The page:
How to Transplant Okra
Okra plants, being as unique as they are, have a tendency to be extremely picky about being transplanted. Their root system is comprised of a main tap root with branching lateral roots, similar to a carrot, and damaging/depriving these roots even the slightest bit can set the plants back by several weeks. In temperate climates like the one I’m in where okra is forced to be an annual plant in a very short growing season, this is a big issue.
In past years, we were forced to directly sow okra seeds into the ground in order to avoid damaging the plants, but this year we actually went ahead and tried to transplant some early okra starts, which were very successful! The trick was to have very early starts in large enough seedling pots that could be set into the ground completely without disturbing any part of the plants.
Choosing Seedling Pots for Starting Okra
The okra plants need to be fairly big in order to transplant them safely, at least about 4 to 6 inches tall. This means that their roots will be big as well, so pots with a depth of 4 to 6 inches should be big enough to ensure that the plants won’t be stressed from being root-bound come transplanting time. Biodegradable peat pots would be great, but I have never been able to find any that I felt were big enough or deep enough for okra babies. We planted our okra starts in 4-inch deep coffee can containers and found them to be barely just big enough for the plants, though they were on the verge of becoming root-bound by the time we transplanted them. If possible, choose deeper containers or pots that have detachable bottoms so that you can slide the whole plant, dirt and all, out of the pot without having to dig in from the top and potentially damage the roots. You can remove both the top and bottom from a coffee can or an oatmeal cylinder container, then pop the plastic lid onto the base, leaving the top open for the plant.
If you’re in a temperate climate, you’re going to have to wait until soil temps become 70 degrees F (21 degrees C) or higher to even plant the okra in the first place, which is rather late in the planting season. Make sure to plant your okra seeds in the seedling pots ASAP so that they can be mature plants by the time the short, hot harvest period comes and not when the cold snaps arrive.
If you’re in a hot climate, you don’t need to worry about the timing of your planting as much as people in temperate climates, but do keep in mind that okra needs two months on average to become a mature plant and start producing its seed pods. You also need to decide whether you’re going to keep it as a perennial or have it as an annual plant, mainly to decide where you’ll transplant your okra to.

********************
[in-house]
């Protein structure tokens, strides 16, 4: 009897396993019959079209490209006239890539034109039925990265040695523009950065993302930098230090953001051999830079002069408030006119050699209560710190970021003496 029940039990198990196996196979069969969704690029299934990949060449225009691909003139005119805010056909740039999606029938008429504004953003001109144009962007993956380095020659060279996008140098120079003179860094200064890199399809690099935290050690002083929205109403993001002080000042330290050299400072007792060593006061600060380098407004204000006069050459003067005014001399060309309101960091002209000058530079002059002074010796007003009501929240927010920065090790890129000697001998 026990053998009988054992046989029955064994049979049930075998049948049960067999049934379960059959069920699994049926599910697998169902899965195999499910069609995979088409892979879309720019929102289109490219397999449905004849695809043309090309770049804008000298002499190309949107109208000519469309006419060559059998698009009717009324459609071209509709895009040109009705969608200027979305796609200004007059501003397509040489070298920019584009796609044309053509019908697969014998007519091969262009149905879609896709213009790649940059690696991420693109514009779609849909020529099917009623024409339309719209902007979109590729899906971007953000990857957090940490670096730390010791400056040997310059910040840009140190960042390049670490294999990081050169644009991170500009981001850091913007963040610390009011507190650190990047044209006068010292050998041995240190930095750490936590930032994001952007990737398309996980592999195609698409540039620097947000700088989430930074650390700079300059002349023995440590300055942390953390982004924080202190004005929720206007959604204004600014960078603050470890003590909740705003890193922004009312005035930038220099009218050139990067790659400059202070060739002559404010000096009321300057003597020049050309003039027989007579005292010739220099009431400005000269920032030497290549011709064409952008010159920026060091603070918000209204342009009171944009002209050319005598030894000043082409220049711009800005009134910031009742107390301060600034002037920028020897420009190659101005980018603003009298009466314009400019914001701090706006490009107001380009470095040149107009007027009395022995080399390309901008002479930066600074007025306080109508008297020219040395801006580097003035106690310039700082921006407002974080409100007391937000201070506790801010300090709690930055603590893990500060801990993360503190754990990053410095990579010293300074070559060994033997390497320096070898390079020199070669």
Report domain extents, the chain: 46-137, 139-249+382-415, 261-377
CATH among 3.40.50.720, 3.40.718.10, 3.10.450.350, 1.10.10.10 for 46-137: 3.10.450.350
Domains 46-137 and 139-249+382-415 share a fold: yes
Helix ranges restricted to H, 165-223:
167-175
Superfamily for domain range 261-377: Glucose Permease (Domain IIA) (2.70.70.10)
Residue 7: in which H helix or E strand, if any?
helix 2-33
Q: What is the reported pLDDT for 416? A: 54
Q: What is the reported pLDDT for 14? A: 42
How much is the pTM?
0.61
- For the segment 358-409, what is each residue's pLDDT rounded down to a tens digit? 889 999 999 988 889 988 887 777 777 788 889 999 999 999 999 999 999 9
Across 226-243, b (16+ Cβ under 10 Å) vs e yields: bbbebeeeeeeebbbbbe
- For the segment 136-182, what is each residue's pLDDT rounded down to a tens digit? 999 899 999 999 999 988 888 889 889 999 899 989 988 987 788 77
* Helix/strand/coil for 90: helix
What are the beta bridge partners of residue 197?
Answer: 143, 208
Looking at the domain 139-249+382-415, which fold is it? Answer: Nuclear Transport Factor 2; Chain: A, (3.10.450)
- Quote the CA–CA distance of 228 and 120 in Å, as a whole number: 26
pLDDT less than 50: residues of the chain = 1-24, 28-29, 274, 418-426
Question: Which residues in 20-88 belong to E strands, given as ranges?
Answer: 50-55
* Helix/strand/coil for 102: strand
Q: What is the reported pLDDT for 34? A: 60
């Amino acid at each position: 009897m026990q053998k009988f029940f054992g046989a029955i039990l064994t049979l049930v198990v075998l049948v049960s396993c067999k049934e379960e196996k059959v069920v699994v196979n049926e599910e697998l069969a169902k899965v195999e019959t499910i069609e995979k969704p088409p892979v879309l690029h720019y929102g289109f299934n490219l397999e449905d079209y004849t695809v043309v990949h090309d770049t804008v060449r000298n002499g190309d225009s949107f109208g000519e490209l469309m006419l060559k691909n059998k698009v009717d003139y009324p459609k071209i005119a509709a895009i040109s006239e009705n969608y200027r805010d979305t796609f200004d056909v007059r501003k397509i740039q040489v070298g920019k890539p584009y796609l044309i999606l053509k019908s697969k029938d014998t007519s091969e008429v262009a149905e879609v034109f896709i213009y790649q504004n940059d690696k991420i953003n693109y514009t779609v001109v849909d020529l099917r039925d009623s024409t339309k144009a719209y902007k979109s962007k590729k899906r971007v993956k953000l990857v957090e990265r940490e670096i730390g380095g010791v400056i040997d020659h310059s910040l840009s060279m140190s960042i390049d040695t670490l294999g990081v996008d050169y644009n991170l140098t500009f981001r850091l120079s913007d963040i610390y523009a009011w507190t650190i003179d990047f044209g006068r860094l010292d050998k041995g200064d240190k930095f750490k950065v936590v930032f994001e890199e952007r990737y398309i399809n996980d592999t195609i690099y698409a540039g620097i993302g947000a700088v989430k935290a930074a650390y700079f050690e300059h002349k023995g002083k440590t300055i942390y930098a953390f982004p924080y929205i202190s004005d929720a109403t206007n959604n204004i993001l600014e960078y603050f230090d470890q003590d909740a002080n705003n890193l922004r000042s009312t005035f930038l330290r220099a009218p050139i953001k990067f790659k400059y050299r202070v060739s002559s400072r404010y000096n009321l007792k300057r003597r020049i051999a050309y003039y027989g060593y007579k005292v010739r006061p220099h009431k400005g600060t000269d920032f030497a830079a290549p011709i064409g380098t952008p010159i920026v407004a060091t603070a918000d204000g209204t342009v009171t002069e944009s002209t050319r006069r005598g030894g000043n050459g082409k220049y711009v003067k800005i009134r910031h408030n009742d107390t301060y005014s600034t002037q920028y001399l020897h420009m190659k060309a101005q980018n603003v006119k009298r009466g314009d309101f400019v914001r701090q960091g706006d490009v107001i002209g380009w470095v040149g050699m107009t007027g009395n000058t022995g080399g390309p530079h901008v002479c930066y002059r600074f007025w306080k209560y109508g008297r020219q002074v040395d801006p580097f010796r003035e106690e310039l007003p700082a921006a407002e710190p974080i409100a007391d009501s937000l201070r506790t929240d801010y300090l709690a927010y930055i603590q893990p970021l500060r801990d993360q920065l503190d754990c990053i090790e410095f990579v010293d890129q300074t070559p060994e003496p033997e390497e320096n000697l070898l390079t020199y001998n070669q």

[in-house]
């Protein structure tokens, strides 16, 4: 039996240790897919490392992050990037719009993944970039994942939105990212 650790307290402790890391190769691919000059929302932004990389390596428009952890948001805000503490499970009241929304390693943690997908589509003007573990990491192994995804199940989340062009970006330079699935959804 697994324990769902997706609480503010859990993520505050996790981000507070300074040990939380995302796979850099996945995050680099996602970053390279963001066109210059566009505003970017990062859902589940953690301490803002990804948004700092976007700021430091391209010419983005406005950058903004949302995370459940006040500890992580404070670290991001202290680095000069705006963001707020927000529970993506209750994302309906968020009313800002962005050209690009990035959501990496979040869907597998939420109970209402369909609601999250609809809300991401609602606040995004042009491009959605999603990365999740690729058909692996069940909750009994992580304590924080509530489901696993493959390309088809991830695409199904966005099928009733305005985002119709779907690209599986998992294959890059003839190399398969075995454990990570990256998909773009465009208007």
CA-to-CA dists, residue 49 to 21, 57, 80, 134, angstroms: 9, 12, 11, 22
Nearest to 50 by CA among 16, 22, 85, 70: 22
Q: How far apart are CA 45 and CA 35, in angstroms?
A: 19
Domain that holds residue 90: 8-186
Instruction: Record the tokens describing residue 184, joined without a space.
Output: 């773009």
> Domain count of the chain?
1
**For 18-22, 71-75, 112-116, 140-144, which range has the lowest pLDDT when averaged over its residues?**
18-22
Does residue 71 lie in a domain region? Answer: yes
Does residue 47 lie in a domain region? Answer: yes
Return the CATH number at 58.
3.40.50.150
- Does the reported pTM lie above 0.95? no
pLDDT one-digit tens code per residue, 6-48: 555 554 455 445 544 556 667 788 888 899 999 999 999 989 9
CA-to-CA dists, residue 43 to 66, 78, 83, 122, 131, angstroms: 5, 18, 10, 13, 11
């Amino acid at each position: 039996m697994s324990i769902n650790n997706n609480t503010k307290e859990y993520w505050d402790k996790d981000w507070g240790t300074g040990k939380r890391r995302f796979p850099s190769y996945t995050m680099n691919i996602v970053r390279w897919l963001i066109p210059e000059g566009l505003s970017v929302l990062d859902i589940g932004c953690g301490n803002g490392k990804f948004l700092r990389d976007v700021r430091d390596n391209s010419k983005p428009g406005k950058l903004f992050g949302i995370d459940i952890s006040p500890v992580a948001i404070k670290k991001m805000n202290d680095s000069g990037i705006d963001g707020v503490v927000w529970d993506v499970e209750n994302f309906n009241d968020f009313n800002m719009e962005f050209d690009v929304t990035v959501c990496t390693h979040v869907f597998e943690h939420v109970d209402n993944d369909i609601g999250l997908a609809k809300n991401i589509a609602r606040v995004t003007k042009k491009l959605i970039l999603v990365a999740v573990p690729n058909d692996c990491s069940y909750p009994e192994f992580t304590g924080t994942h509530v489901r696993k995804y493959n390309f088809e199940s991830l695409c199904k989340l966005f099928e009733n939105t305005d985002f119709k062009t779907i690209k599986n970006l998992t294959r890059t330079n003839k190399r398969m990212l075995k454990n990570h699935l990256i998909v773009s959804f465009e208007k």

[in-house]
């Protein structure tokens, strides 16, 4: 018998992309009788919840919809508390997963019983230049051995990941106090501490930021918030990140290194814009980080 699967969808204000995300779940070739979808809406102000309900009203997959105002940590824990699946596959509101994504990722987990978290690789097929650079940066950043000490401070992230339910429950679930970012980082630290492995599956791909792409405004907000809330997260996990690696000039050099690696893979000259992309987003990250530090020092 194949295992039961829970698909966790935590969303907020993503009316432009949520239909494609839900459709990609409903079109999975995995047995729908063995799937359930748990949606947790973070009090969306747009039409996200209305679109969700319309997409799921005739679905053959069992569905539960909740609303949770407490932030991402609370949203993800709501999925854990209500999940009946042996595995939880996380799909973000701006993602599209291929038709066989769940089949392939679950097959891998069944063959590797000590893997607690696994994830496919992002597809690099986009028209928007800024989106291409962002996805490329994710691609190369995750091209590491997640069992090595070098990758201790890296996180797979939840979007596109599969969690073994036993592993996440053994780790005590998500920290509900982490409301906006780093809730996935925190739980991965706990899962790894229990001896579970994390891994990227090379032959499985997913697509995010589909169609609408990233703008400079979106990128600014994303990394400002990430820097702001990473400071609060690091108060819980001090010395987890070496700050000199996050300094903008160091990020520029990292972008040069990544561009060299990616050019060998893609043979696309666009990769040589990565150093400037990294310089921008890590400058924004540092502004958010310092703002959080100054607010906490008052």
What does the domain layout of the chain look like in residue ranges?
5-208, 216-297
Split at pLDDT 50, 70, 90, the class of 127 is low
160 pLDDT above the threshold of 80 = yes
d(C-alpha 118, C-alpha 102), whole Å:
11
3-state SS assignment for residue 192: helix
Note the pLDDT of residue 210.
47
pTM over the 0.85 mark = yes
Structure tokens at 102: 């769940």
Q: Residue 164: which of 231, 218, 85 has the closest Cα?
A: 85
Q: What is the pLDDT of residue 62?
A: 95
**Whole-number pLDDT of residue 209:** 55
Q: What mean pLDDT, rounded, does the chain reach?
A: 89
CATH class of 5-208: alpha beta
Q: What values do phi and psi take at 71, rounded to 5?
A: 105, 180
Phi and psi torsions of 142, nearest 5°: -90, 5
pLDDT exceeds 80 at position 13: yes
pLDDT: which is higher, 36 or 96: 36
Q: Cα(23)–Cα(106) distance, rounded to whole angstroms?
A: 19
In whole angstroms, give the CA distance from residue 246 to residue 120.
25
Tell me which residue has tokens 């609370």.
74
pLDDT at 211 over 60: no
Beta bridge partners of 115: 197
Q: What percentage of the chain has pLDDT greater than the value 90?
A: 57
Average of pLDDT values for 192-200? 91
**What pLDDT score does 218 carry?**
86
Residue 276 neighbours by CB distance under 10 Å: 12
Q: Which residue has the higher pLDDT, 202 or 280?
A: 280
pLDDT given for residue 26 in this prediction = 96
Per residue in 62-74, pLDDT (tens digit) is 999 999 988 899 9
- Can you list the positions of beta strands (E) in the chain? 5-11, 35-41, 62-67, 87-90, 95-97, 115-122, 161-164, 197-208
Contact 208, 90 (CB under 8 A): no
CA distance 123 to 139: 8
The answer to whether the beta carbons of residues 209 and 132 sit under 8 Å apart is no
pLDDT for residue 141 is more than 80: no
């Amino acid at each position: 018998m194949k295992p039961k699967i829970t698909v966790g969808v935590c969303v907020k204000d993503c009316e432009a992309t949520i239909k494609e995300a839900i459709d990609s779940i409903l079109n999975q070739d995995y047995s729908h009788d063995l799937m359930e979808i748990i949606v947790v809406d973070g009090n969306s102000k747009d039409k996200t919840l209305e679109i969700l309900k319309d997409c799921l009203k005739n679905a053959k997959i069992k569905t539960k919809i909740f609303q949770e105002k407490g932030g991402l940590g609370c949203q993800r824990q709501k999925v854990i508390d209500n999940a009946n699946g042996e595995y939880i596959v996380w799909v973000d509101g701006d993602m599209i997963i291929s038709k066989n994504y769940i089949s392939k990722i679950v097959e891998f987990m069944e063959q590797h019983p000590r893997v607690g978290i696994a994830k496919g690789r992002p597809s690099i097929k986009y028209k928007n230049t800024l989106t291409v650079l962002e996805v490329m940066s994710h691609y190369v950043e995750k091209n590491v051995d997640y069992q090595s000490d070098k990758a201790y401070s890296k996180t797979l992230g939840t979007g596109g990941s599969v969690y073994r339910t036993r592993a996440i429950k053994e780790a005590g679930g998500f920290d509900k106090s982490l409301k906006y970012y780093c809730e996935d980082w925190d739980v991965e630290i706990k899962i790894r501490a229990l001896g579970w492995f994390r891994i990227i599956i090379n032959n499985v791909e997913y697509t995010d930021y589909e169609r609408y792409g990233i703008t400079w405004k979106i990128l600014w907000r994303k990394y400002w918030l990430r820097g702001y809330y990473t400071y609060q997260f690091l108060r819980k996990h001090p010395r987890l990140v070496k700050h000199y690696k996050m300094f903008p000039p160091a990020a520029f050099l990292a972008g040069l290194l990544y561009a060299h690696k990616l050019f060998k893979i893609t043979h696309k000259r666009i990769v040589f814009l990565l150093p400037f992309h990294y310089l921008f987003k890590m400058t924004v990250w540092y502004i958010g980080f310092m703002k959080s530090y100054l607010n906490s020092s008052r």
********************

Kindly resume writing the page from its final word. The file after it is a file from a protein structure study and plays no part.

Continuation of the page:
When and How to Transplant Okra
Okra seedlings should be at least 4 to 6 inches tall before thinking about transplanting them, as they are extremely fragile before this point. Their root systems will be the most developed they can be without the plant being too cumbersomely big to handle. Transplanting should happen roughly 10 to 20 days after germination, depending on which variety of okra you’re growing and how fast it’s growing due to the climate. Once you’re ready to transplant:
- Prepare the place you’re going to transplant your okra. This means weeding, fertilizing, and watering before planting as needed. This place should be in an area with good water drainage and full sun, as much sun as possible.
- Dig holes at least 4 to 6 inches deep, 18 to 24 inches apart. Make sure the holes are equal in width to the width of your seedling pots.
- Carefully take the okra seedlings, dirt and all, out of the pots and place them in the holes. If you have removable bottoms, they should slide right out and into the holes with minimal handling; if not, be extra careful that you don’t break off roots or stress the plants too much.
- Fill in the remaining gaps in the holes and lightly press the soil down around the plants. The dirt should be level around the plants, not mounded or sunken in.
- Lightly water in the plants if necessary.
Watch the plants carefully for signs of transplant shock or stress. If all goes well, they shouldn’t be affected by the transplant in the slightest, since ideally all of the dirt they had in the seedling pots should still be with them.
Transplanting okra is a little tricky due to its tap root and hot climate preferences, but it’s entirely doable with enough care. Mainly it’s just planning ahead of time and being smart about it. I highly recommend having pots or containers with detachable bottoms for transplanting, it makes the process so much easier. In colder growing zones, giving the okra a head start in seedling pots is extremely valuable, since the hot growing season required for okra to produce its seed pods is so short and the plants can’t tolerate anything under 65 degrees F (18 degrees C). It’s also beneficial for those in hotter climates, as you’ll get your harvest sooner in the year and potentially for a longer period of time. Either way, you’ll get a lot more okra by starting it earlier than direct sowing and then transplanting it later.
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